# How are some infinities larger than other infinities

I heard an expressions, some infinities are larger than others recently, and they stated that it was proved to be so. I haven't been able to find this proof, and I'm not as much of a math enthusiast as I was earlier in my life, but I don't believe this statement to be true. I also do not know how to format the math symbols here, so forgive me if I'm a bit vague.

Given a set of numbers S1 = [0, 1], we can say that there are an infinite amount of numbers in that set. If the previous statement, some infinities are larger than others is true then we can also say some infinities are smaller than others and also some infinities are equal in size to others. With this in mind, we could say that if S2 = [1, 2], then there are just as many numbers as there are in S1, as there are in S2, because the range is the same. If both of the previous statements are true, than we could define S3 = S1 + S2, which would yield all numbers in the set [0, 2], and we could say that S3 is larger than both S1 and S2, since it contains all numbers in S1 and S2. With this in mind, we could also say that the set [0, 0.1] has 1/10 as many numbers (but still infinite) as S1.

This is where I lose understanding. What this is saying is that we can have infinity == infinity + infinity == infinity / 10. But because the law of identity states that $A = A$, then how can some infinities are larger than others be true? My understanding is that infinity will always equal infinity, and there are just as many numbers between $[0, 0.1]$ and $[0, 1000]$. If infinity does not equal infinity, then it violates the law of identity. By saying some infinities are larger than others it seems to me like we're saying infinity is the set of all numbers, and there exists a set whose size is larger than infinity.

Am I wrong in this understanding?

• Have you read anything about it online? Have you read one of the threads here, which usually end up having some good answers? – Asaf Karagila Dec 15 '14 at 19:39
• Just from the "Related" list on the right side of the screen, just by their titles. One, and two, and three. And I am more than certain that there are others, perhaps many others. – Asaf Karagila Dec 15 '14 at 19:40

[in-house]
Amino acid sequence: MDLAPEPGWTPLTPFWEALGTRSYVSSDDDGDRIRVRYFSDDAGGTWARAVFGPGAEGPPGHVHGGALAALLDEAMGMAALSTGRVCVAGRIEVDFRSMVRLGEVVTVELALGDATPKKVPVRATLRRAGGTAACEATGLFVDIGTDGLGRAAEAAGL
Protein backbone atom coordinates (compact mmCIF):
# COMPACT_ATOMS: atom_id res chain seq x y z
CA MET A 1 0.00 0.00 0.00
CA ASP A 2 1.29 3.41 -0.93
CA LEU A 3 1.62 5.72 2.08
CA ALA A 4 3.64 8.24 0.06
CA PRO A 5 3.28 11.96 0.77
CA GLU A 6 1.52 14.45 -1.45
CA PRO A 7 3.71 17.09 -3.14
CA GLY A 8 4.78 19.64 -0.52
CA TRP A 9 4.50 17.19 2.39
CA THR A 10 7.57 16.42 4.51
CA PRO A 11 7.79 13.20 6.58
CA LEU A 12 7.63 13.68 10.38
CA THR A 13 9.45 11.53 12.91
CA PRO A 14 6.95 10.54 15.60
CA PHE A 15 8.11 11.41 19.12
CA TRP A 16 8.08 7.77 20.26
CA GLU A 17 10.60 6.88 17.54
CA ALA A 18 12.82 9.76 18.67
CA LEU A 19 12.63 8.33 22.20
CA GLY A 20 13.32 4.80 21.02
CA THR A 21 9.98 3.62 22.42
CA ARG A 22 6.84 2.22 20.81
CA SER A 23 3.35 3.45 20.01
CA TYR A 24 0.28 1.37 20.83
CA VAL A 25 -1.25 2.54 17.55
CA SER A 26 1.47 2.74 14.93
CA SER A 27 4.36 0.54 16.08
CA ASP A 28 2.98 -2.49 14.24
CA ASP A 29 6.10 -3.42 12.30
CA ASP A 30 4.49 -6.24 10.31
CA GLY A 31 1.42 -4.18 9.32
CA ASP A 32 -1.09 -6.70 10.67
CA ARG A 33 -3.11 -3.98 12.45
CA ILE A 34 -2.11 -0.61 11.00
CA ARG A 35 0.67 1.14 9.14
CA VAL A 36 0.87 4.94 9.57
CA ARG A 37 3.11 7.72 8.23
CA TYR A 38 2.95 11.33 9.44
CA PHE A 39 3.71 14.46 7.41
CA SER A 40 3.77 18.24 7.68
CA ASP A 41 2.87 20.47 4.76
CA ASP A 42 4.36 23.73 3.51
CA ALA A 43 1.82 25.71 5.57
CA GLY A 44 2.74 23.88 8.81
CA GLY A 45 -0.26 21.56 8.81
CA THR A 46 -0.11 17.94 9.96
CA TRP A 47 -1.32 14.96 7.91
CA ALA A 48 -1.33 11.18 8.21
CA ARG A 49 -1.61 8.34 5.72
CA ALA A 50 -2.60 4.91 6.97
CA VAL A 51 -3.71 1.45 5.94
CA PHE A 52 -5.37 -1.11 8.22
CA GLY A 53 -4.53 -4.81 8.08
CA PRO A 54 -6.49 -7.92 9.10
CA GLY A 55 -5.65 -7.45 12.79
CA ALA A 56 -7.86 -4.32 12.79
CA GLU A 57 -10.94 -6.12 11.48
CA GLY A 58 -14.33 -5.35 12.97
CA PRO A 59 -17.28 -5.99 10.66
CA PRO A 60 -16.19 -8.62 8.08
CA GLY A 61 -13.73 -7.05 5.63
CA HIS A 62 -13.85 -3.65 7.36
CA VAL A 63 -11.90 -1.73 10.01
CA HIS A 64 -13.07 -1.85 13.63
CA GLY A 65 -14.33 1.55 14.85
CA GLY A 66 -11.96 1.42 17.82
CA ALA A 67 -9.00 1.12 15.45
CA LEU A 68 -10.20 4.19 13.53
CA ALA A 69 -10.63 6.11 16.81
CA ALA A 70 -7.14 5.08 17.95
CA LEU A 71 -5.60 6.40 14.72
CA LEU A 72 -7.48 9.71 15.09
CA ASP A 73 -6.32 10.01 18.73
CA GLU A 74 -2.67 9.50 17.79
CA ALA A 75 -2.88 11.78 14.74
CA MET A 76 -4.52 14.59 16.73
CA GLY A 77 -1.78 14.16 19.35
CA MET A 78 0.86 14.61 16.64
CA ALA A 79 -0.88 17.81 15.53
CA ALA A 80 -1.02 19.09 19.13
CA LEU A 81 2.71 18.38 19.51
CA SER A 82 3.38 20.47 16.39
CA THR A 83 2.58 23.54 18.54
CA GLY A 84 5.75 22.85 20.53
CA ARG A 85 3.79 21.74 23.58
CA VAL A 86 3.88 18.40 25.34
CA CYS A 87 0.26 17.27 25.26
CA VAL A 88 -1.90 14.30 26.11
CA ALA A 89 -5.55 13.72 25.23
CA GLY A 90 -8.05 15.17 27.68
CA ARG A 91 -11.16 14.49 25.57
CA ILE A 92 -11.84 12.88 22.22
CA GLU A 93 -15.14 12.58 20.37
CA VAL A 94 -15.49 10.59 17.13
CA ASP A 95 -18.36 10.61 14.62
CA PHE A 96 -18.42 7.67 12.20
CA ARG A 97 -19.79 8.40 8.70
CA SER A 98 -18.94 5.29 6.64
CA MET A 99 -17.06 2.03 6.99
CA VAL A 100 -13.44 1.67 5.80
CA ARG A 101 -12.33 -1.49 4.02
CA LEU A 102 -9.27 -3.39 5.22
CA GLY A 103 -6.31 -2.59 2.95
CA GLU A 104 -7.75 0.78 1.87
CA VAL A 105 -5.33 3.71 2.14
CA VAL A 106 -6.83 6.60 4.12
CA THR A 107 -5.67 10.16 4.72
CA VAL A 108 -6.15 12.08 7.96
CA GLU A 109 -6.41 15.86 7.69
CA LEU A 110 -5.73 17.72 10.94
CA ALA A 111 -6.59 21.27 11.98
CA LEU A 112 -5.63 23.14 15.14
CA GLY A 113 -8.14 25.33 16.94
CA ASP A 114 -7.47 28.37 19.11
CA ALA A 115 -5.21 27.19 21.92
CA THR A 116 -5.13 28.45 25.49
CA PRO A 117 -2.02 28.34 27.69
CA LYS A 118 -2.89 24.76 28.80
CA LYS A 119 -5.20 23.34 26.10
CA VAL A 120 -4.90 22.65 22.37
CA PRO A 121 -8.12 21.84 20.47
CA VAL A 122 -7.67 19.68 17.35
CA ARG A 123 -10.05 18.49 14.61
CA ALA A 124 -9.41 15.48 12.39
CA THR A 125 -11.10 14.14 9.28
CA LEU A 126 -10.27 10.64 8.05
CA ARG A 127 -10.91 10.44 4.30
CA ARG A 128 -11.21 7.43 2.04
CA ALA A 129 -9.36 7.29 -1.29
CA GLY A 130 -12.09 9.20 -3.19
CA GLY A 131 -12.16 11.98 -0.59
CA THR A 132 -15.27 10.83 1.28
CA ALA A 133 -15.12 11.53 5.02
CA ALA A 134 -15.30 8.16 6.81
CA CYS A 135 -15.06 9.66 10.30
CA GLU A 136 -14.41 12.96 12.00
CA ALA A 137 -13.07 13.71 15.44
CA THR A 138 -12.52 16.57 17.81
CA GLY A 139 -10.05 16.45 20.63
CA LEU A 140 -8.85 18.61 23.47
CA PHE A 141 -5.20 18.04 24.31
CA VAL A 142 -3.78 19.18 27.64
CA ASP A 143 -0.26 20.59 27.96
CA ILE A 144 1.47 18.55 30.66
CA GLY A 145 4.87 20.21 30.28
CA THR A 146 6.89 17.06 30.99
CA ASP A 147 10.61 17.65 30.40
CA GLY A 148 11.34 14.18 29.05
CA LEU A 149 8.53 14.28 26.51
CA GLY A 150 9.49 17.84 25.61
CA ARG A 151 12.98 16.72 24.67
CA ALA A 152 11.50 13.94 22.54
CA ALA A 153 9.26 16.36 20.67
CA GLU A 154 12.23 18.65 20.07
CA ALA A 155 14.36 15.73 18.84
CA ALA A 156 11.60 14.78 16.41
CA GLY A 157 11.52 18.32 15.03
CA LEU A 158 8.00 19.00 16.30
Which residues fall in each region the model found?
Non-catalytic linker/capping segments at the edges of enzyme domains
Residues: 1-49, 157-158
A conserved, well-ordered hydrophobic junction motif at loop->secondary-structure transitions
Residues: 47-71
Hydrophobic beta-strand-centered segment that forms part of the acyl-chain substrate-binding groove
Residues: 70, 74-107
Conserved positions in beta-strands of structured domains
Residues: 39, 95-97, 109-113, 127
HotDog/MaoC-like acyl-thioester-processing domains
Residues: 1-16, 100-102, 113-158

• Actually $S_3$ is not larger, at least not in the sense of "cardinality." Comparing the sizes (cardinalities) of infinite sets requires you to suspend some of your intuitions about numbers/sizes. I prefer the term cardinality because it is a technical term, and "size" is an intuitive term. – Thomas Andrews Dec 15 '14 at 19:40
• Yes, but those questions usually end up with an example of how you can use a bijection to compare two different things (ie. a bushel of corn for a sheep), which results in a statement that there are more real numbers than there are integers. but how can this be possible if there are an infinite number of each? – user185205 Dec 15 '14 at 19:42
• No, Cardinality is not at all an integer. Infinity is not a number. – Thomas Andrews Dec 15 '14 at 19:55

I think that the issue here is mostly linguistic.

Saying that something is infinite simply says that it is not finite. Saying that I have more than two students in my class tells you nothing about whether there are three, or six, or 42 students in my class.

It is true that both $\Bbb N$ and $\Bbb R$ are infinite. But it tells you nothing about comparing their sizes in a meaningful way.

There are several ways to measure the size of a set, depending on the context. In the case of subsets of $\Bbb R$ we can ask what is their length, or how can we approximate their size using things which have length (namely, intervals). This gives us measure theory, and it turns out that under some reasonable assumptions we cannot assign "length" to every set of real numbers.

The same can be done in $\Bbb R^2$, where now length is replaced by area, or in $\Bbb R^3$ with volume, and so on.

If you want only to consider sets of natural numbers there are ways to measure the size of those sets, in a fashion that assigns bigger and smaller sets some notion of largeness that fits some sort of intuition.

But those are just sets of real numbers, or subsets of the space, or something like that. What about much larger sets? Like the set of all sets of reals? Or all sets of reals which have "length" assigned to them, or so on? What about sets of those sets, or sets of sets of sets of sets of those... etc.

At some point, all the nice structure that the real numbers and related objects carry with them goes away and disappears. Bijections, they stay with you forever. So we measure the size of sets using functions which have certain properties, namely they are injective and surjective.

We say that two sets have the same size, or same cardinality if there is a bijection between them. This bijection does not need to preserve any given structure. The natural numbers look nothing like the rational numbers, but both are countably infinite, for example.

And as it turns out, there is a bijection between $[0,1]$ and $[0,2]$ as intervals of the real line; but there is no bijection between $\Bbb N$ and $\Bbb R$. Since there is an injection from $\Bbb N$ to $\Bbb R$, this means that there cardinality of $\Bbb N$ is strictly smaller than that of $\Bbb R$. Cantor's theorem also tells us that if $X$ is any given set, then $\mathcal P(X)$ which is the set of all subsets of $X$, has a larger cardinality than $X$. So any set has more subsets than it has elements. Even infinite ones.

• Awesome, i believe it was purely linguistics that was confusing me. Thanks for the explanation. – user185205 Dec 15 '14 at 19:57
• My pleasure. Tomorrow I have to go and remind this to my students anyway. :-) – Asaf Karagila Dec 15 '14 at 19:57